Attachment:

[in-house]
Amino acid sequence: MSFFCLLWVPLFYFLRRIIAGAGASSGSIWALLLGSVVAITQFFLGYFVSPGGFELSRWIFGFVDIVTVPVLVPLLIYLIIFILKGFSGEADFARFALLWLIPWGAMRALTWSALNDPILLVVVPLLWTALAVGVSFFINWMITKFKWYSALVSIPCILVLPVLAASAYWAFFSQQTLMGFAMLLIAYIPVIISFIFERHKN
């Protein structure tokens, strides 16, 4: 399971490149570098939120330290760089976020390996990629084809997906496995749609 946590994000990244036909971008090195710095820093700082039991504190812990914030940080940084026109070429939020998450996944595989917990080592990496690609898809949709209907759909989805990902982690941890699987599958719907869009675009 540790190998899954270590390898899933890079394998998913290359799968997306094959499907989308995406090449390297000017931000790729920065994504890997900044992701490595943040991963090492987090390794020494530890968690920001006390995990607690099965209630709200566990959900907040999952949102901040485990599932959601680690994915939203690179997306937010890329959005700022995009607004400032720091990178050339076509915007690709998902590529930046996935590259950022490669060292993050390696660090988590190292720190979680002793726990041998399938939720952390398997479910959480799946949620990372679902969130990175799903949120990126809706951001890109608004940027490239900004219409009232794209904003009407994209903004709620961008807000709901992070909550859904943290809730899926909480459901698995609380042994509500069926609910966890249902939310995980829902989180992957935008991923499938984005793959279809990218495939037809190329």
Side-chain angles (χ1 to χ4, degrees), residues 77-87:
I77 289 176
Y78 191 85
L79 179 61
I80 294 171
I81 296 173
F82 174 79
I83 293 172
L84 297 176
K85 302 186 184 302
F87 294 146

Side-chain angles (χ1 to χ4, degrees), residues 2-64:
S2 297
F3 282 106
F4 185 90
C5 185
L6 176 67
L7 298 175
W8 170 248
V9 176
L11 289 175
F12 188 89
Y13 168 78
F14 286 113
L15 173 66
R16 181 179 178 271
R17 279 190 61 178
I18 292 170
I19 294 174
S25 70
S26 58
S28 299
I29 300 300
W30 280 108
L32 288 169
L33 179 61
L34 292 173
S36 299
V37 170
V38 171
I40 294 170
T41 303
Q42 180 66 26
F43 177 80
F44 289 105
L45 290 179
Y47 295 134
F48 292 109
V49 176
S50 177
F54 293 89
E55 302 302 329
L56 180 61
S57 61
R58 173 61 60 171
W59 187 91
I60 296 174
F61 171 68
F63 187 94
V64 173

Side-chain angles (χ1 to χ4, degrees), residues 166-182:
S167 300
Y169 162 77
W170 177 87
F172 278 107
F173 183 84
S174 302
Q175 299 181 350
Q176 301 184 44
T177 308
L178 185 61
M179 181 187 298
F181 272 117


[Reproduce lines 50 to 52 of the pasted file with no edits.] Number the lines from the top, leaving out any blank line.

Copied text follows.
Y47 295 134
F48 292 109
V49 176